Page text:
Considerations before pushing the send key

The average worker sends and receives about 140 emails per day. And lawyers, of course, are above average.

Not to sound like a troglodyte, but I do worry that the constant flow of emails can prevent me from thinking. In 1961, Kurt Vonnegut published a short story called "Harrison Bergeron." The narrative took place in 2081, in a dystopian future where the 211th, 212th, and 213th amendments to the Constitution provided that all Americans must be fully equal. As a result, no one was allowed to be smarter, better-looking, or more physically able than anyone else. So government agents forced citizens to wear "handicaps": masks for those who were too good looking, heavy weights for the athletic, and loud radios to disrupt thoughts inside the heads of intelligent people. On my worst days, the buzz of emails reminds me of the loud radios in "Harrison Bergeron."

So I try to manage the email traffic. I get up early to undertake work that requires thought and concentration (usually writing). The email traffic around 4 a.m. is, luckily, light. I turn off my Outlook for an hour at a time during the day if I need to focus. And I try to set times during the day to respond to emails.

But I also want to spare others the pain of interruption. And so I've been studying the best ways to communicate via email.

Limit the emails: As a first step, I have started asking myself whether I even need to send an email. If a conversation will require more than three emails (back and forth), I generally try to pick up the phone. Email can be useful when someone is hard to reach on the phone, I need to send a document, or I want a record of the conversation (we are lawyers). But email might not be the right medium if the message is long or complicated or emotionally charged.

Consider tone: The American Psychological Association reports that an inability to step outside of one's own head may be behind e-mail miscommunication. And science has confirmed that we do frequently misinterpret email tone. Study participants sent and received email messages - half that were intended to be sarcastic and half intended to be sincere. And the participants felt pretty good about their ability to appreciate tone: writers believed that their intended tone and message were clear 75 percent of the time. And readers believed that they had clearly interpreted the meaning 90 percent of the time. But the readers of the emails actually misinterpreted the messages 50 percent of the time.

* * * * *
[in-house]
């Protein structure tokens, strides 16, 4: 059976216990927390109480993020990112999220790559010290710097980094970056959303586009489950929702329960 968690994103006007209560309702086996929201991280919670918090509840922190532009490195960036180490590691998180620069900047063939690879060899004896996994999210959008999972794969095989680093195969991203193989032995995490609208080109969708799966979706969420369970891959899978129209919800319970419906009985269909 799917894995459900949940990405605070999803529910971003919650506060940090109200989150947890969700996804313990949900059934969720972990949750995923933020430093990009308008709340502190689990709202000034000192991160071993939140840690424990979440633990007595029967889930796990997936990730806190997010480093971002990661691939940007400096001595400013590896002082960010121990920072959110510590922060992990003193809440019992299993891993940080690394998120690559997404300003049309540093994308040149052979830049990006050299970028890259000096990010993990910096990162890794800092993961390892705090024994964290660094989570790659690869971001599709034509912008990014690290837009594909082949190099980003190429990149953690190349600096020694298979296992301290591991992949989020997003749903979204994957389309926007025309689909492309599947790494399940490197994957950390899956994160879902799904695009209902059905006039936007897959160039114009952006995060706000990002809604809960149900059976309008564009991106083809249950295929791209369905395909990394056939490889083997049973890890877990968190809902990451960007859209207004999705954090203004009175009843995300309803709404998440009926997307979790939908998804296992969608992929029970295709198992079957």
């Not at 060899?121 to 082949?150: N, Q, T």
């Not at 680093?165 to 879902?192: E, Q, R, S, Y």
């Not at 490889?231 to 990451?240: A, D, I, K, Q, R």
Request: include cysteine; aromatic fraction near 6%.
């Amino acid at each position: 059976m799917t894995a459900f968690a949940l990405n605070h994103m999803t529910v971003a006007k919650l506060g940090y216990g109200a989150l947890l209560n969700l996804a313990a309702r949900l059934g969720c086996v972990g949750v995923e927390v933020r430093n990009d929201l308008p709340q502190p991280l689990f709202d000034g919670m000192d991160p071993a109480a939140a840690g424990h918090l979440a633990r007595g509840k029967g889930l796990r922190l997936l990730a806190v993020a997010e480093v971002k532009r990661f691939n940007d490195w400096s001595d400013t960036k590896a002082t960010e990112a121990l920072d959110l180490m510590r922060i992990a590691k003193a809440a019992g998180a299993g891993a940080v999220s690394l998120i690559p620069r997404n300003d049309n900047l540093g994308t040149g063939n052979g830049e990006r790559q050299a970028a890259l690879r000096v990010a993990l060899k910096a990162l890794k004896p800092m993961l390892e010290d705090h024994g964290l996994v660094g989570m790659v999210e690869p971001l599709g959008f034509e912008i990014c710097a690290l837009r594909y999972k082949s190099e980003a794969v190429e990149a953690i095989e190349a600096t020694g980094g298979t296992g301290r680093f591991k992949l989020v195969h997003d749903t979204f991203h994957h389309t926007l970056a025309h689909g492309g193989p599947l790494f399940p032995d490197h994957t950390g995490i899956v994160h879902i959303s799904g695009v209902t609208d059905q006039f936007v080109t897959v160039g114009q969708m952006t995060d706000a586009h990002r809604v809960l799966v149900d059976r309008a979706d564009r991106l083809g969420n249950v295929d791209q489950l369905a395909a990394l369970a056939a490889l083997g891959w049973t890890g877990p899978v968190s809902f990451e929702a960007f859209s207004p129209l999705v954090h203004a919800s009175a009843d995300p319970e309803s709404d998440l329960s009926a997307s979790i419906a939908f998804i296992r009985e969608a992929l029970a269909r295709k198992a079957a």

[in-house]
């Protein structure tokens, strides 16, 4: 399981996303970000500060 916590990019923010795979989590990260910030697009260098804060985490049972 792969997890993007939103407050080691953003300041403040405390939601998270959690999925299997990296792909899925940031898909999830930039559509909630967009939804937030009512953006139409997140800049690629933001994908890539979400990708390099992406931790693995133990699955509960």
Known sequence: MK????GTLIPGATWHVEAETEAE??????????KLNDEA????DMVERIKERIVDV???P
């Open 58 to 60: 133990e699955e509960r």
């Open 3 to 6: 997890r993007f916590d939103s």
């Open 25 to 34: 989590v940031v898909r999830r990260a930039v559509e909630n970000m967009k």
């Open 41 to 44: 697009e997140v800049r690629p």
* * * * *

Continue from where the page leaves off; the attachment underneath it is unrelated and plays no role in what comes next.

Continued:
Consider message: I try to state my email's purpose in the first sentence, keep it brief, and close with a call to action (or an indication that no action is necessary). If there is a deadline, I put it in bold. I spoke on a panel recently with several in-house counsel. One of the in-house lawyers mentioned that "the worst" thing a lawyer could do was to forward an email that just said "FYI." She explained that "FYI" didn't tell her anything; she had to read the whole string to figure out why the person thought that she needed this information. Her complaint resonated (and I quickly thought back through my day in horror wondering if I had committed this sin). These days, I try to send emails that explain or justify their purpose: "FYI here is opposing counsel's promise to provide documents within two weeks."

Consider subject line: Subject lines can help us locate key emails in our Outlook haystacks. I try to take a few minutes to craft a title that (1) conveys the main point of the email; and (2) can assist with filing of the email (including the case or matter name in the subject line). I also view it as my general duty as a good citizen to change the subject line when a thread metastasizes and an email with the subject line "lunch" turns into a substantive discussion about deposition scheduling.

Consider greetings and sign offs: The one-person greeting is easy: Dear John. But groups can get tricky. I usually favor an inclusive "counsel," "team," or "all," when there are multiple recipients. And that's because I generally want to throw something at the wall when I am included on an email string that starts with the greeting "gentlemen." I usually sign my emails with a jaunty "best." It is brief and (I hope) professional sounding. Apparently, some millennials are using "xoxo" in an office setting. This seems like an (obviously) terrible idea, and I encourage all of us to advise against this practice if we see it in action.

Learn from direct marketers: There are people who have actual data about improving email response rates. It turns out that we are more likely to inspire a response if we provide our recipients with (1) binary options; (2) tangible requests; (3) our email is about 50 to 125 words; and (4) we send our email in the morning.

Studies have confirmed that a compulsion to immediately respond to work emails or worry obsessively about returning them leads to fatigue, lost sleep, and lack of focus. And more recent research showcases the long-term health effects of these issues - there is a direct link between these issues and an array of health conditions including hypertension, thyroid disease and heart failure. So I'm doubling down on my efforts to stem the tide. I won't send an email unless it is necessary. I will make my reader's job easy. And, whenever I can, I'll elect to pick up the phone. An added benefit? I'll never accidentally "reply all" on the phone.

Published: Wed, Jun 27, 2018